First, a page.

Lending reports

Zambia is moving away from Chinese investment; receives IMF loan: Reports



Zambia, known as an “over-indebted” country by China, finally received a $1.3 billion financial loan from the International Monetary Fund, media reported.

Zambian Finance Minister Situmbeko Musokotwane was able to receive a $1.3 billion loan from the IMF with a five-and-a-half-year grace period and a final ten-year maturity, the Financial Post reported.

This comes at a time when China is already responsible for nearly 30% of Zambia’s debt to non-Chinese private creditors.

Calling it an attractive offer, the Financial Post said the IMF deal means a lot for other low- and middle-income countries trapped in China’s debt diplomacy.

Looking closely at the agreement with the IMF, it is understood that Zambia would prioritize recurrent spending over investments in public infrastructure, which are traditionally funded by Chinese stakeholders, the Financial Post reported.

Zambia specifically said it would completely cancel 12 planned projects, half of which were to be financed by China EXIM Bank, as well as one by ICBC for a university and another by Jiangxi Corporation for a dual highway from the capital.

In addition, the government canceled 20 of the outstanding loan amounts, some of which were for new projects and some for ongoing projects. Such cancellations are not unusual for Zambia, but the majority of these loans come from Chinese partners.

Ten of the canceled loans are from China EXIM Bank; Along with three other Chinese loans from ICBC ($303 million) and one from Jiangxi Bank ($157 million), these loans will save Zambia $1.1 billion over the next few years. The other six undistributed loan amounts, totaling $483 million, came primarily from commercial lenders.

While some of these cancellations may have been initiated by Chinese lenders themselves, particularly those in arrears, Zambia appears to have escaped the clutches of the Chinese. Dealing with the devil can never be beneficial in the long run.

China is playing a trick when it comes to lending to African nations because what Beijing is really after is resources. In these loans, repayment is not made in cash but in terms of first access to China for its rare earth metals.

The other thing to understand about the Zambia-IMF deal is that China is likely to take a back seat as a development partner, which is related to the first, because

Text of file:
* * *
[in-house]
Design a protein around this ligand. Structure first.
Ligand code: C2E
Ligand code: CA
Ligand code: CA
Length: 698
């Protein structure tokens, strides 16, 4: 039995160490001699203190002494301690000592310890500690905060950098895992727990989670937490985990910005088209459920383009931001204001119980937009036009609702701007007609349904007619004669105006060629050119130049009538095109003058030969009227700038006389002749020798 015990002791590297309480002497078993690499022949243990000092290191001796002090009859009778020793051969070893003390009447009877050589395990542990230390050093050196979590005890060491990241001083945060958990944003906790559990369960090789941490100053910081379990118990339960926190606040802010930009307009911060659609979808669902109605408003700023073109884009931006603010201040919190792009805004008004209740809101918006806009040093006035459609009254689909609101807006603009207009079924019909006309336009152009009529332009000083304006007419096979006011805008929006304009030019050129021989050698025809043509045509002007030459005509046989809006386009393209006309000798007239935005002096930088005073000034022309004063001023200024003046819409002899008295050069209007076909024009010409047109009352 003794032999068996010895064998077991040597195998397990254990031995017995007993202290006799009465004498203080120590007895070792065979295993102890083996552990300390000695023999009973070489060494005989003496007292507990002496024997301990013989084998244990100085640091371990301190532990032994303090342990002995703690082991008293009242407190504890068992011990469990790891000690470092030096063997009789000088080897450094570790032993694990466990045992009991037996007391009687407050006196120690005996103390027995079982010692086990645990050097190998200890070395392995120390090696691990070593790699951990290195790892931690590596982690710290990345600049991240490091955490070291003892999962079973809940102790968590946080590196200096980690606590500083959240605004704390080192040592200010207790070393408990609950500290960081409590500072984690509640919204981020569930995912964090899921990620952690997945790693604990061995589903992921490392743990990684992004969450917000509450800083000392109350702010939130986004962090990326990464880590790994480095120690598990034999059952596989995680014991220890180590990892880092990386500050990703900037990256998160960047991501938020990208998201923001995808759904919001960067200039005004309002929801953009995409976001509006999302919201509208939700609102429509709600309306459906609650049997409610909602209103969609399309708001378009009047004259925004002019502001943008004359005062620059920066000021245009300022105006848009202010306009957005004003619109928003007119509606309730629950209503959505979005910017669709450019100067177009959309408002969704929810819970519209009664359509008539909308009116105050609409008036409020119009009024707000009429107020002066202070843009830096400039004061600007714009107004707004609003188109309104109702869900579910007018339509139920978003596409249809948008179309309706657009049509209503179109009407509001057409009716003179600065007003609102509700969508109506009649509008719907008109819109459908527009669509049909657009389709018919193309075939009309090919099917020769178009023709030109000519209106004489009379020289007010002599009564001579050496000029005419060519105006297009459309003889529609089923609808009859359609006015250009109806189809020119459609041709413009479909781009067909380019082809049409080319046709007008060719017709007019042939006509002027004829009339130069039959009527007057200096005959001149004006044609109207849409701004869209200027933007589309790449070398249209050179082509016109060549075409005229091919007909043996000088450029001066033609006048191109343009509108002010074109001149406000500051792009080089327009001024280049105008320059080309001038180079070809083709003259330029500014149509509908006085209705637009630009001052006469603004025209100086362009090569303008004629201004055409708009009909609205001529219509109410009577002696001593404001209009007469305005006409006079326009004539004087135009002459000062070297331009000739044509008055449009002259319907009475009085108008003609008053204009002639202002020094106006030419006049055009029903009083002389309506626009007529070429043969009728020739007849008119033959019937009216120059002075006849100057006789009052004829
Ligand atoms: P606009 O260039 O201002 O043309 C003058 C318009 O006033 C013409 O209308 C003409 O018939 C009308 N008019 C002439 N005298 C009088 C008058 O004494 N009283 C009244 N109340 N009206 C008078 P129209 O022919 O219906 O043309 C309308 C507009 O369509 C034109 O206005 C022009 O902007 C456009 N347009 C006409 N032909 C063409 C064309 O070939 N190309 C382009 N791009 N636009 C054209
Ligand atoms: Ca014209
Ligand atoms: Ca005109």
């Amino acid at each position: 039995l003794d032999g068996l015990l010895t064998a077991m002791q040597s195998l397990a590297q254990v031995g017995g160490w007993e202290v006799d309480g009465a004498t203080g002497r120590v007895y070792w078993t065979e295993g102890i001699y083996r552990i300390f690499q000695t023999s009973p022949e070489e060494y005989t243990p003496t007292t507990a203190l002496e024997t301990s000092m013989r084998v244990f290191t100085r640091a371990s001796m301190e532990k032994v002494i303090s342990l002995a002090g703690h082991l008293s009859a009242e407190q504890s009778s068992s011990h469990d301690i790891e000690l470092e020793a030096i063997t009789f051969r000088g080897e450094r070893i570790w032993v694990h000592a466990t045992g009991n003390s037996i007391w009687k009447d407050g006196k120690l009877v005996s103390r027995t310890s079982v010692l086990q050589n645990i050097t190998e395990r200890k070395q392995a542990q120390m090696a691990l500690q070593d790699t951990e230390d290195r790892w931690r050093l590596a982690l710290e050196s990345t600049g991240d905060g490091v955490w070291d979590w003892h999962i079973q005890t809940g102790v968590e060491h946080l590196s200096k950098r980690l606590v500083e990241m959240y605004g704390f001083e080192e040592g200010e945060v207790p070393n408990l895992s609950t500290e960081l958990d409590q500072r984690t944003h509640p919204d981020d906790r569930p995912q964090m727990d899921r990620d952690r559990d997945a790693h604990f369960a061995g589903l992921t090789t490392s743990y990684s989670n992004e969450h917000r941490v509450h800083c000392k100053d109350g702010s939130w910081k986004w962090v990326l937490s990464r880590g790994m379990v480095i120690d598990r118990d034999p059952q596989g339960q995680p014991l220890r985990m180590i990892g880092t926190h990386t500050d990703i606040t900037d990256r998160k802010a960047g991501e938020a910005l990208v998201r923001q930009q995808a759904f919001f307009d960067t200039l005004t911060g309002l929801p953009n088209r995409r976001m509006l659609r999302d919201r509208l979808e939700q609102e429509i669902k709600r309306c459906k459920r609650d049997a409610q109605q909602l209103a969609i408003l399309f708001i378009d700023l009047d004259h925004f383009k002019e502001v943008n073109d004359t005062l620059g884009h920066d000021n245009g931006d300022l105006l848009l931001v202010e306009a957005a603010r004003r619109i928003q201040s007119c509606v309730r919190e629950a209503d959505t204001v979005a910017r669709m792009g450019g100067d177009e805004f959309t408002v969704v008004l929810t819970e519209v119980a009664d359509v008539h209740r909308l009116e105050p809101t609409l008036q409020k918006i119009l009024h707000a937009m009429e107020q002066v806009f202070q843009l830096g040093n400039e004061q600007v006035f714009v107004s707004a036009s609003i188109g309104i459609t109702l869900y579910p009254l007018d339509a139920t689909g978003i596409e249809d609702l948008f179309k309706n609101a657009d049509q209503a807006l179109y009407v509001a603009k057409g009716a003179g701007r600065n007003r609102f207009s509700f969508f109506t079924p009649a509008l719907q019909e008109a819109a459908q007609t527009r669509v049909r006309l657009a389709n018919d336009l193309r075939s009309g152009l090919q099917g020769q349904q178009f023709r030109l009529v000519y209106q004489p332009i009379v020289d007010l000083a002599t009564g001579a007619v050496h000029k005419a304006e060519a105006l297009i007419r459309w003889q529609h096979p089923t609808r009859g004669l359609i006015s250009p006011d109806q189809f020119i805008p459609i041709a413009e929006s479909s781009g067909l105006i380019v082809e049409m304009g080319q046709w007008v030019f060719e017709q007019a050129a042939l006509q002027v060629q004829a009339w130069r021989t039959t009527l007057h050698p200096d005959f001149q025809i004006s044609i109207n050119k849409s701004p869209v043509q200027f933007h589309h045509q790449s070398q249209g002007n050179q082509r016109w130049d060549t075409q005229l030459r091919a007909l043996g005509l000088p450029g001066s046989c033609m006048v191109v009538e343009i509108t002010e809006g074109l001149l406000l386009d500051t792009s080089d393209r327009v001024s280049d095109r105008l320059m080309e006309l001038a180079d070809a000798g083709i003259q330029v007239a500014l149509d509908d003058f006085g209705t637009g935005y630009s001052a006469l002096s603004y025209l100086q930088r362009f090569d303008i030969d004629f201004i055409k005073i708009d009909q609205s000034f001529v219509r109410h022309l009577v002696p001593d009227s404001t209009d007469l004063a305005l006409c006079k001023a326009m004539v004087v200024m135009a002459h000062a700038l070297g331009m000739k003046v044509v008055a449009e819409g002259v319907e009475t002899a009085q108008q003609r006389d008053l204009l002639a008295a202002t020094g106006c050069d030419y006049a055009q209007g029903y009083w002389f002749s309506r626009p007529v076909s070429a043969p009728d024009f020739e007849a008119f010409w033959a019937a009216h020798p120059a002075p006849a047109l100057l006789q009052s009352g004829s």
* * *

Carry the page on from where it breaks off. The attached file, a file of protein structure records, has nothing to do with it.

The IMF deal allows for the continuation of 62 concessional loan projects from 12 different lenders, the majority of which are managed by international institutions and once again include current spending as opposed to infrastructure-focused initiatives.

(Only the title and image of this report may have been edited by Business Standard staff; the rest of the content is auto-generated from a syndicated feed.)

Dear reader,

Business Standard has always endeavored to provide up-to-date information and commentary on developments that matter to you and that have wider political and economic implications for the country and the world. Your constant encouragement and feedback on how to improve our offering has only strengthened our resolve and commitment to these ideals. Even in these challenging times stemming from Covid-19, we remain committed to keeping you informed and up-to-date with credible news, authoritative opinions and incisive commentary on relevant topical issues.
However, we have a request.

As we battle the economic impact of the pandemic, we need your support even more so that we can continue to bring you more great content. Our subscription model has received an encouraging response from many of you who have subscribed to our online content. More subscription to our online content can only help us achieve the goals of bringing you even better and more relevant content. We believe in free, fair and credible journalism. Your support through more subscriptions can help us practice the journalism we are committed to.

Support quality journalism and subscribe to Business Standard.

digital editor